been prepared for him. For a minute or two he remained thoughtful.
What could his daughter have meant by those self-accusations? After a
short time, however, he smiled. The poor thing had been upset by the
shocking news of the death of the husband of her dearest friend. She
was sympathetic to quite a phenomenal degree. That sympathy which felt
her friend's loss as though it were wholly her own was certainly not
to be met with every day.

In the morning Phyllis showed traces of having spent a bad night. But
she spoke rationally and not in the wild way in which she had spoken
before retiring, and her father felt that there was no need for him to
be uneasy in regard to her condition. He allowed her to go to the side
of her friend, Ella, and as he was leaving them together in each
other's arms, he heard Ella say:

"Ah, Phyllis, I know it now. He was the man who had all my love--all--
all! Ah, if God would only give me another chance--one more chance!"

Mr. Ayrton had heard that passionate appeal for another chance upon
more than one previous occasion. He had heard the husband who had
tortured his wife to death make a passionate appeal to God to give him
another chance. He knew that God had never given him another chance
with the same wife; but God had given him another wife in the course
of time--a wife who was not made on the spiritual lines of those who
die by torture; a wife who was able to formulate a list of her own
rights, and the rights of her sisters, and who possessed a Will.

The man who wanted another chance had no chance with such a woman.

He had heard the wife, who had deserted her husband in favor of the
teetotal platform, cry out for another chance, when her husband had
died away from her. But God had compassion upon the husband. She did
not get him back.

He pitied with all his heart the poor woman who would be one of the
richest women in England in the course of a day or two, and he said so
to Mr. Courtland when he called early in the morning. Mr. Courtland
did not remain for long in the house. It might have been assumed that
so intimate a friend of Mr. and Mrs. Linton's would be an acceptable
visitor to the widow; but Mr. Courtland knew better. He hurried away
to town without even asking to see her. He only begged of Mr. Ayrton
to let him know if he could be of any use in town--there were details
--ghastly; but he would take care that there was no inquest.

Phyllis went up to town with poor Ella, and remained by her side in
that darkened house through all the terrible days that followed. Mr.
Linton's death had an appreciable influence upon the quarter's revenue
of the country. The probate duty paid by the executors was a large
fortune in itself, and Ella was, as Mr. Ayrton had predicted she would
be, one of the richest women in England. The hundred thousand pounds
bequeathed to some unostentatious charities--charities that existed
for the cause of charity, not for the benefit of the official staff--
made no difference worth speaking of in the position of Mrs. Linton as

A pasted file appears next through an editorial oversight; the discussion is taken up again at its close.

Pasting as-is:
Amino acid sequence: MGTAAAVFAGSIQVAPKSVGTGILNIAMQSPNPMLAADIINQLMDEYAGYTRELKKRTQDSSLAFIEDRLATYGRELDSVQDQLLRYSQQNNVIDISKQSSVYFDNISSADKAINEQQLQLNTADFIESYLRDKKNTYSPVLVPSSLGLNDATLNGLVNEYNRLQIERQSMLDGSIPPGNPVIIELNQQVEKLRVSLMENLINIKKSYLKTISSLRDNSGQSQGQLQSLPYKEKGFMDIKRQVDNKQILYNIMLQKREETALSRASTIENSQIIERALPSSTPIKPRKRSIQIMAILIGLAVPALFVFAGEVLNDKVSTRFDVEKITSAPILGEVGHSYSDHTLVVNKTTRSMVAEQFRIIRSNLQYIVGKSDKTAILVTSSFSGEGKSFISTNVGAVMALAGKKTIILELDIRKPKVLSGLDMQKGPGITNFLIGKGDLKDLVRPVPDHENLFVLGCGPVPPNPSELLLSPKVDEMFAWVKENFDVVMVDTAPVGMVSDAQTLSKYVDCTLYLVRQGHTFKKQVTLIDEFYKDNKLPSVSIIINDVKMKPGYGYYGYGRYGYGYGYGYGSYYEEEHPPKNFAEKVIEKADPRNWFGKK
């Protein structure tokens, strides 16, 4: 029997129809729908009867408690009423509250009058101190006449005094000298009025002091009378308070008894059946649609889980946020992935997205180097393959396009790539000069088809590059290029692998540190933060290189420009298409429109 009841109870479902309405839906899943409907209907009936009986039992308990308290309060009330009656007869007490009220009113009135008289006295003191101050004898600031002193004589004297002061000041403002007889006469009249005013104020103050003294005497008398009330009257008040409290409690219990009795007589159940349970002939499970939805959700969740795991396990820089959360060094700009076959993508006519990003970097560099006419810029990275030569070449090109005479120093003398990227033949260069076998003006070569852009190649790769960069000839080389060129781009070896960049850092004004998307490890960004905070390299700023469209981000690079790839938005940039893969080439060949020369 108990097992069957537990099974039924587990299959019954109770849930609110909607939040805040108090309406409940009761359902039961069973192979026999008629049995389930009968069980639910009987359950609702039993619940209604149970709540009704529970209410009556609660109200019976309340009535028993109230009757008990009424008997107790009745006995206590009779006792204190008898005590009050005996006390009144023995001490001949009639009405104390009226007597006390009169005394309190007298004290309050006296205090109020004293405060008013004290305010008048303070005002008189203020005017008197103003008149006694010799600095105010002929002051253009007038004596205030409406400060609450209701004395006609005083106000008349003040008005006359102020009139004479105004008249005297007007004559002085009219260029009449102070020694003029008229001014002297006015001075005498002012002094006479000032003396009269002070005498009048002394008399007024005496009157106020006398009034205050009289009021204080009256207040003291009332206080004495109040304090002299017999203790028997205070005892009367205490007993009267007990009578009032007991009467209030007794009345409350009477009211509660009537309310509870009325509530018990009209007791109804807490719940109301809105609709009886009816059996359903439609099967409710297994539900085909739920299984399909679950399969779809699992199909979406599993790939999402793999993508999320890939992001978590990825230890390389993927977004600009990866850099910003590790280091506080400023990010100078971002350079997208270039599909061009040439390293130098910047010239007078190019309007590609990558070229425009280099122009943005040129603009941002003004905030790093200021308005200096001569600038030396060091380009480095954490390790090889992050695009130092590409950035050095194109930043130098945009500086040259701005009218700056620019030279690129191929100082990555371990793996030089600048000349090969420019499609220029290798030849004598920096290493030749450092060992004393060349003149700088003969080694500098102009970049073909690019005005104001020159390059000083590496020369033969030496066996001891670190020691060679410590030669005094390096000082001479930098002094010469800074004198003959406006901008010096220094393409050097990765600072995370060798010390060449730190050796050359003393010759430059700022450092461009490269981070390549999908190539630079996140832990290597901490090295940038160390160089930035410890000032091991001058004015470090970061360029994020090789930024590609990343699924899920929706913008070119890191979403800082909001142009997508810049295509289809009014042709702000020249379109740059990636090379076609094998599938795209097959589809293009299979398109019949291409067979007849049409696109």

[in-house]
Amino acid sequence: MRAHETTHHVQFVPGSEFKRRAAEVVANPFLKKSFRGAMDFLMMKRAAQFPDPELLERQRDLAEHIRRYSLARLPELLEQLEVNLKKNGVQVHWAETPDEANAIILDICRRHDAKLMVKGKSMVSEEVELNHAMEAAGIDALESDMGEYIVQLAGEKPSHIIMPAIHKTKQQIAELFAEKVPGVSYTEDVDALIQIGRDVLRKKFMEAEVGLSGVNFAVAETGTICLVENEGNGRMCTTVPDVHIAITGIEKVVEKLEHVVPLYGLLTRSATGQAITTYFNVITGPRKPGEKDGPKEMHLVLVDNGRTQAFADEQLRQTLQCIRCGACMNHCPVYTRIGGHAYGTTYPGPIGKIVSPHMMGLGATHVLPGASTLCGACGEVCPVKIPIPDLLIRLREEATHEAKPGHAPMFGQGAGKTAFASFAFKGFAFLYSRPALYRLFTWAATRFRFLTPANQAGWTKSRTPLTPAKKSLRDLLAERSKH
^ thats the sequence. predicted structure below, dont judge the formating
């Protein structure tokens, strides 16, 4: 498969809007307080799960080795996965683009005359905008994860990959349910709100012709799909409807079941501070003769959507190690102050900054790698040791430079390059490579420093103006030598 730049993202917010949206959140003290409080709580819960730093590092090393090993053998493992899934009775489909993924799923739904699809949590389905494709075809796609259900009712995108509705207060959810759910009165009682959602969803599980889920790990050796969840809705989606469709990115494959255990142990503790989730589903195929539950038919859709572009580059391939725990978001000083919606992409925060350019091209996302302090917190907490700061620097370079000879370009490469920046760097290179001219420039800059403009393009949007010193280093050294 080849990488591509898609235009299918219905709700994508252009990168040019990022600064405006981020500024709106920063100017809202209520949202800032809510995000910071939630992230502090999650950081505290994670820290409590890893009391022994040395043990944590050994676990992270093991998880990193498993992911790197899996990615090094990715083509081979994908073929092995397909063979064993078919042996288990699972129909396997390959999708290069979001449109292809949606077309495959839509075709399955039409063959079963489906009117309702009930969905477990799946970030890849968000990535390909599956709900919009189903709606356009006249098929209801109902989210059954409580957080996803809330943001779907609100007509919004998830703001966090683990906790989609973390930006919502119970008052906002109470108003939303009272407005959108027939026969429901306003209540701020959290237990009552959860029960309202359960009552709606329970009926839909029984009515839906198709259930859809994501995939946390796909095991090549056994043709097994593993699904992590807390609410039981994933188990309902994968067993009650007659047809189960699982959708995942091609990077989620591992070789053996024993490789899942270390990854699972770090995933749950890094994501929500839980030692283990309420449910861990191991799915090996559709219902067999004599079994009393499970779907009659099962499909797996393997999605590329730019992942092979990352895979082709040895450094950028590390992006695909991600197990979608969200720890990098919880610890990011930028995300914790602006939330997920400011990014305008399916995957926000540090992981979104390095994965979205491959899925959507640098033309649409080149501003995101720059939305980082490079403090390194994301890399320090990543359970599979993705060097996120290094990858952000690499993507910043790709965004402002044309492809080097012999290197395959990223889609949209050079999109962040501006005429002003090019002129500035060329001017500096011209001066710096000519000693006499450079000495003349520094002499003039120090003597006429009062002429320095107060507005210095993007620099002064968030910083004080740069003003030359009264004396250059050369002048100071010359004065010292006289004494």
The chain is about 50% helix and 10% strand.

one of the richest women in England.

But the codicil to the will which surprised most people was that which
placed in the hands of Mrs. Linton and the Rev. George Holland as
joint trustees the sum of sixty thousand pounds, for the building and
endowment of a church, the character and aims of which would be in
sympathy with the principles recently formulated by the Rev. George
Holland in his book entitled "Revised Versions," and in his magazine
article entitled "The Enemy to Christianity," the details to be
decided by the Rev. George Holland and Mrs. Linton as joint trustees.

The codicil was, of course, a very recent one; but it was executed in
proper form; it required two pages of engrossing to make the
testator's desires plain to every intelligence that had received a
thorough training in legal technicalities. It was susceptible of a
good deal of interpretation to an ordinary intelligence.

When it was explained to Mrs. Linton, she also was at first a good
deal surprised. It read very like a jest of some subtlety: for she had
no idea that her husband had the slightest feeling one way or another
on the subject of the development of one Church or another; and as for
the establishment of an entirely new Church--yes, it struck her at
first that her solicitor was making a bold and certainly quite an
unusual attempt to cheer her up in her bereavement by bringing under
her notice a jest of the order /pachydermato/.

But soon it dawned upon her that her husband meant a good deal by this
codicil of his.

"I am getting to understand him better every day," she said to
Phyllis. "He knew that I loved him and him only. He has given me this
work to do, and with God's help I will do it thoroughly. You did not
believe in the value of George Holland's doctrines. Neither did I: I
never thought about them. I will accept my husband's judgment
regarding them, and perhaps I may think about them later on. Our
Church will be the most potent influence for good that the century has
yet seen. Yes, I will throw myself heart and soul into the work. After
all, it must be admitted that the Church has never done its duty as a

Phyllis said nothing.

But the Rev. George Holland had a good deal to say on the subject of
the codicil, when he was alone with Mrs. Linton, a few days later. He
had by no means made up his mind to sever his connection with the dear
old mother Church, he said. He could not see that there was any need